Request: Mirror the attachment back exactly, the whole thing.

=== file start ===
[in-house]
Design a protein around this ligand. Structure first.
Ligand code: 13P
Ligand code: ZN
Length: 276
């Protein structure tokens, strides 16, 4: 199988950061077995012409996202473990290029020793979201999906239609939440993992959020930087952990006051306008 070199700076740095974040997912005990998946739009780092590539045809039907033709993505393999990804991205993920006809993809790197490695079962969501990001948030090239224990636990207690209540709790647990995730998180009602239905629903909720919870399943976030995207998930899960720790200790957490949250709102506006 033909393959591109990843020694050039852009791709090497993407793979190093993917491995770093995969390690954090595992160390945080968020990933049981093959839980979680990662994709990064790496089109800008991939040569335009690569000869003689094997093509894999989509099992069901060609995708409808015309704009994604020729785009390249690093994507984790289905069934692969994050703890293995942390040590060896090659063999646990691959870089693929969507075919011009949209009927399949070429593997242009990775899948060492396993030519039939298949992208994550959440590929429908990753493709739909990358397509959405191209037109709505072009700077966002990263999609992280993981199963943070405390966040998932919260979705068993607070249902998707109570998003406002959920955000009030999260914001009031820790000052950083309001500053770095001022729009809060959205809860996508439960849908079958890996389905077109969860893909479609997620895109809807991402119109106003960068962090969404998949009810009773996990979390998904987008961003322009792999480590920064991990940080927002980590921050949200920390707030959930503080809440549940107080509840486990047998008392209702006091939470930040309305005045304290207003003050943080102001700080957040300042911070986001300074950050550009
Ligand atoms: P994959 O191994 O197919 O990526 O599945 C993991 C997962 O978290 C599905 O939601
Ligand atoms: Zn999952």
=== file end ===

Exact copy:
[in-house]
Design a protein around this ligand. Structure first.
Ligand code: 13P
Ligand code: ZN
Length: 276
């Protein structure tokens, strides 16, 4: 199988950061077995012409996202473990290029020793979201999906239609939440993992959020930087952990006051306008 070199700076740095974040997912005990998946739009780092590539045809039907033709993505393999990804991205993920006809993809790197490695079962969501990001948030090239224990636990207690209540709790647990995730998180009602239905629903909720919870399943976030995207998930899960720790200790957490949250709102506006 033909393959591109990843020694050039852009791709090497993407793979190093993917491995770093995969390690954090595992160390945080968020990933049981093959839980979680990662994709990064790496089109800008991939040569335009690569000869003689094997093509894999989509099992069901060609995708409808015309704009994604020729785009390249690093994507984790289905069934692969994050703890293995942390040590060896090659063999646990691959870089693929969507075919011009949209009927399949070429593997242009990775899948060492396993030519039939298949992208994550959440590929429908990753493709739909990358397509959405191209037109709505072009700077966002990263999609992280993981199963943070405390966040998932919260979705068993607070249902998707109570998003406002959920955000009030999260914001009031820790000052950083309001500053770095001022729009809060959205809860996508439960849908079958890996389905077109969860893909479609997620895109809807991402119109106003960068962090969404998949009810009773996990979390998904987008961003322009792999480590920064991990940080927002980590921050949200920390707030959930503080809440549940107080509840486990047998008392209702006091939470930040309305005045304290207003003050943080102001700080957040300042911070986001300074950050550009
Ligand atoms: P994959 O191994 O197919 O990526 O599945 C993991 C997962 O978290 C599905 O939601
Ligand atoms: Zn999952």